Last week I introduced United Distillers Ltd. of Vancouver. This week, it’s time for a collection of marketing materials, starting with this newspaper advertisement from The Cariboo Observer, December 7, 1940, featuring a little bit of London in Vancouver. This is timed perfectly, as we pass the Olympic torch from one host city to another this week:
So out we drove to Marpole, and into the UDL plant. We passed through a maze of buildings and into the Gin Distillery. A smiling gentleman made us welcome. “Meet Mr. Strange,” said Tom.
The advertisement could only be improved had they stated instead, “Meet Mr. Bean.” The ad goes on to prove how British expertise combined with Vancouver’s famous mountain water produce an unbeatable product. The ad features Silver Fizz Dry Gin, Mistletoe Dry Gin, and Silver Slipper Dry Gin. Here is the ad in its entirety:
A second ad from 1940 can be seen via Google News in The Calgary Herald, offering the conventional ‘east versus west’ argument including this dialogue:
That evening, we chatted by a friendly fire. “Great place, Vancouver” uncle mused, “fine climate, and your water—it’s the world’s best. I suppose that’s why your products are so good.” I was suddenly attentive.
I wanted to compile as many UDL products as possible in order to get a full picture of their branding and heritage. Using bottle collections, advertisements, and this price list I showed last week, I’ve put together a list which includes the following products:
Silver Fizz Dry Gin, Mistletoe Dry Gin, Silver Slipper Dry Gin, Old Dutch Geneva Gin, Golden Thistle Liqueur Whisky, Old Stonewall Bourbon, Glenmore Bourbon, Old Tucker Bourbon, Mountain Brook, Early Times American Pure Rye, Guggenheim’s American Rye Whiskey, Paul Revere Rye Whiskey, U.D.L. Thoroughbred Rye Whisky, U.D.L. Special Old Rye Whisky, U.D.L. Canadian Rye Whisky, Hospitality Rye, and Jockey Cap Canadian Rye Whisky. They also marketed a number of Scottish Highland malts which were blended and vatted in Scotland and shipped to Canada in sherry oak casks. These brands included McDonald’s Nightcap Scotch, John Dunbar Gold Label, Highland Sandy, and Wee McKay.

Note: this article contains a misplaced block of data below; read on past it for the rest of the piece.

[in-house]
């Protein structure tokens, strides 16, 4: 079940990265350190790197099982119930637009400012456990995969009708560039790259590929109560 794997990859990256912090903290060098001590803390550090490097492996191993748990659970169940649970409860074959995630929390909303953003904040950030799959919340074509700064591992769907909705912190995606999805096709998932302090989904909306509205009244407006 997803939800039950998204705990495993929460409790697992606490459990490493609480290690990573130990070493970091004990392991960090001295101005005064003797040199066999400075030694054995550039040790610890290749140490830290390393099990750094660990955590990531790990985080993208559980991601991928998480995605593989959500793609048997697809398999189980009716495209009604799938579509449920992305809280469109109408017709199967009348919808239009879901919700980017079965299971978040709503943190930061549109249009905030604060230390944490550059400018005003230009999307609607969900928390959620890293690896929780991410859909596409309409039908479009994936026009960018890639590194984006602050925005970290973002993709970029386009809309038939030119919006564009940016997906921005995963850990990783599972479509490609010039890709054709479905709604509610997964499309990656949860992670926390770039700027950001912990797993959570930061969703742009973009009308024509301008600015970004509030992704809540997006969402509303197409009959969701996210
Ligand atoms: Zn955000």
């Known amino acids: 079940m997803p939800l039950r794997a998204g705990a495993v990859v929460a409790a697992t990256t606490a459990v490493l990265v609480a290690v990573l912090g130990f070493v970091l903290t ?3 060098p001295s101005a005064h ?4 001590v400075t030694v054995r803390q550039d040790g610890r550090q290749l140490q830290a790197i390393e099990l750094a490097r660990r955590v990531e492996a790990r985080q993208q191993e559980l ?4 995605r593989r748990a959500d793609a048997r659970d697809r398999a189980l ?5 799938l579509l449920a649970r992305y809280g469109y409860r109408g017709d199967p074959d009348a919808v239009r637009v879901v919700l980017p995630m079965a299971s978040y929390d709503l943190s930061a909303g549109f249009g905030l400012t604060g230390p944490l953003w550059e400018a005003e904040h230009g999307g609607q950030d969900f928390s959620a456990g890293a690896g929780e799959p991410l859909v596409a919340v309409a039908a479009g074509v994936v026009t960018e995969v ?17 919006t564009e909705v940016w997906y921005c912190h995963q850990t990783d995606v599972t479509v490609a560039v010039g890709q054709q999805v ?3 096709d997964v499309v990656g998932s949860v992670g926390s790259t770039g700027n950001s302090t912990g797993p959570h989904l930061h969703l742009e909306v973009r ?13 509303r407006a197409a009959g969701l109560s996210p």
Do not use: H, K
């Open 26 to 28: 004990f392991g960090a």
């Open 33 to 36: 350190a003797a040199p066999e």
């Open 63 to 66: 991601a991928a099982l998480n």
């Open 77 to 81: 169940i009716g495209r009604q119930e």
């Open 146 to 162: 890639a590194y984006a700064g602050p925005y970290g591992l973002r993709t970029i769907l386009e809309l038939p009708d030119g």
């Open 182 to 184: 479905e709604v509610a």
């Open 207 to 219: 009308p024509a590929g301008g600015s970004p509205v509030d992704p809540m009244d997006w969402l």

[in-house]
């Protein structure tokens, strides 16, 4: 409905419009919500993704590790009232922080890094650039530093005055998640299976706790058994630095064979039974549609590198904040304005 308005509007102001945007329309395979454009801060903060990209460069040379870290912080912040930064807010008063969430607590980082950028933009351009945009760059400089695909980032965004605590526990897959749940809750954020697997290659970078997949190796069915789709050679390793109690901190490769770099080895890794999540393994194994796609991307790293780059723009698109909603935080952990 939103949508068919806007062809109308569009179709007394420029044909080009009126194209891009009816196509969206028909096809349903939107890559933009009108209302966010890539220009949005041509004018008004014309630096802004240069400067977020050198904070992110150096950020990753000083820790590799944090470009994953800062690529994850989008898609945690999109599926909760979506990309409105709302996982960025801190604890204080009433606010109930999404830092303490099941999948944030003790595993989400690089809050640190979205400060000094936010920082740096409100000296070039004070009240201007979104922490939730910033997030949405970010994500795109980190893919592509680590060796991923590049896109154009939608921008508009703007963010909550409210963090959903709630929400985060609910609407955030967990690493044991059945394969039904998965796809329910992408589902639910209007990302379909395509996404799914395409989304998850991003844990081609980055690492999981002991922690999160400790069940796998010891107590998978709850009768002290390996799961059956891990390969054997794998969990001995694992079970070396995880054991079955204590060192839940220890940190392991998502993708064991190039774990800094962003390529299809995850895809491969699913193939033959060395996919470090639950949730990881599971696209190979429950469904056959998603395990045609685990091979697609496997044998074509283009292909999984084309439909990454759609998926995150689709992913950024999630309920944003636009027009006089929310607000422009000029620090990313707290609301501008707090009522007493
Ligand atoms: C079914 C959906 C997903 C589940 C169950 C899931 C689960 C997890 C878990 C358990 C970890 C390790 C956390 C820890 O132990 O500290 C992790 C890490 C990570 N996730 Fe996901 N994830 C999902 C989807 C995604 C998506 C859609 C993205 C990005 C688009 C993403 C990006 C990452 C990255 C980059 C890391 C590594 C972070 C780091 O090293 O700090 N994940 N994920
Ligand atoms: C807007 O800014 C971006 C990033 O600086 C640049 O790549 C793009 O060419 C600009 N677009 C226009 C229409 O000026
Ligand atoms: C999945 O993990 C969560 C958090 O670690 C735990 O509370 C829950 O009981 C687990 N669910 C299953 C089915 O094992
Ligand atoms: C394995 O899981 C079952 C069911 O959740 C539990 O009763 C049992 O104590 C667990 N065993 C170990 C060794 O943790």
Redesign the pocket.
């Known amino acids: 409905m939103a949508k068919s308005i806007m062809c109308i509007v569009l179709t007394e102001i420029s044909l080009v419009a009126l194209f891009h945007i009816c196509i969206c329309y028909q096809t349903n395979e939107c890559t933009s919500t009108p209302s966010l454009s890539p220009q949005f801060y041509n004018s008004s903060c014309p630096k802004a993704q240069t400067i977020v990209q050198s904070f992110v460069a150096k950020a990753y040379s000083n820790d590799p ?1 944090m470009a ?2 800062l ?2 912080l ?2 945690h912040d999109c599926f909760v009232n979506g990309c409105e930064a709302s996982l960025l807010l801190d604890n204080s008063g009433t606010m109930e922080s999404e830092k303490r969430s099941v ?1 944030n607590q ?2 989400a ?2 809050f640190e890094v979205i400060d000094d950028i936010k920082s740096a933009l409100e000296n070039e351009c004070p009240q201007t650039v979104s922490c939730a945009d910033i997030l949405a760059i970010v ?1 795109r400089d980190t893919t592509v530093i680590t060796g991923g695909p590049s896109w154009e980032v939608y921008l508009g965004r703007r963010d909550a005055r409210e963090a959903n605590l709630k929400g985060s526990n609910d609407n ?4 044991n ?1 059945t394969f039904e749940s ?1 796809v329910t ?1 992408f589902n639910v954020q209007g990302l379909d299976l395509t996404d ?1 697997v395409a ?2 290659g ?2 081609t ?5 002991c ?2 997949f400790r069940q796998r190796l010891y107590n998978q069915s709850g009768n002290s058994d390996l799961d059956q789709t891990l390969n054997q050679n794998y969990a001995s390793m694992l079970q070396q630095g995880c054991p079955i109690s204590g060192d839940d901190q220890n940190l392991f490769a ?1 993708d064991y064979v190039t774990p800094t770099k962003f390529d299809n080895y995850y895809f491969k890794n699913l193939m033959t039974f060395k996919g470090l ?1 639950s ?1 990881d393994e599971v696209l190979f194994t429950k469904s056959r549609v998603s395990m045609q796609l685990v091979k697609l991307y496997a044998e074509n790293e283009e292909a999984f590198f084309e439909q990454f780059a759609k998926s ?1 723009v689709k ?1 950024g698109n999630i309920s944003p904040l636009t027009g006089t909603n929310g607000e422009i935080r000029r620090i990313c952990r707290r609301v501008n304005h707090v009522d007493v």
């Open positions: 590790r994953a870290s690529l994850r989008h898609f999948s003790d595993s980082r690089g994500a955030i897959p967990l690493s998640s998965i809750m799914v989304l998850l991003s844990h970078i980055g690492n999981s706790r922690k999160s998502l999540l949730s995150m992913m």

I should point out one small detail; the name United Distillers did make somewhat of a comeback. According to wikipedia, the name was adopted by “a Scottish company formed in 1987 from combining the businesses of Distillers Company [which dates back to 1877] and Arthur Bell & Sons, both owned by Guinness.” The name United Distillers evolved a few more times over the years until it was finally changed to Diageo Scotland in 2002. In case you don’t already know, Diageo is the world’s largest producer of spirits. I mention this to clarify that there is no relation between this United Distillers and our UDL.
I recently had the opportunity to meet with Vancouver collector Neil Whaley, who generously showed me these three fantastic UDL postcards. It’s a remarkable chance to see such early bottles in full colour. These appear to be hand-coloured; I don’t know if the colour would have been applied directly to black and white photographs by early photo retouching artists, or if the entire setup was painted from scratch, based on a photograph. Either way, I’m guessing they took many more hours to produce than today’s standard Photoshop fare.
UDL promotional postcard from Neil Whaley’s personal collection, postmarked in 1928.
UDL promotional postcard from Neil Whaley’s personal collection, postmarked in 1929.
This third UDL postcard from Neil Whaley’s collection had not been sent through the mail. Oh, if only I had a bottle of Wee McKay today! I wonder if these postcards date back as early as 1927 when UDL made it’s first appearance in the BC telephone directory.
I was able to buy the three glass bottles featured above on eBay and Etsy for just a few dollars each. Finding bottles with their paper labels still affixed is increasingly rare, so if you do find one, it’s definitely worth keeping! To prove these bottles actually came from Vancouver, I’ve shown their bottoms, with Vancouver, BC embossed on the glass. I can’t prove these were prohibition era bottles (1920s-1933), but I like to think that they could be. There may be someone else who is able to speak with greater authority on the subject.
I now know a little more about the demise of the company, thanks to this article in the Vancouver Sun from January 2, 1958. It seems by this point in time, United Distillers Ltd (USA) and United Distillers Ltd. of Canada were both in voluntary liquidation. Whether they had any assets worth acquiring by 1958, I don’t know. I also don’t know if any of their brands lived on—perhaps the competition did not mind seeing the entire UDL family eliminated from the shelves. And therein lies the end of UDL…unless of course, one of you manages to dig up some more great vintage bottles, labels, or ephemera from a Vancouver brewing and distilling legend!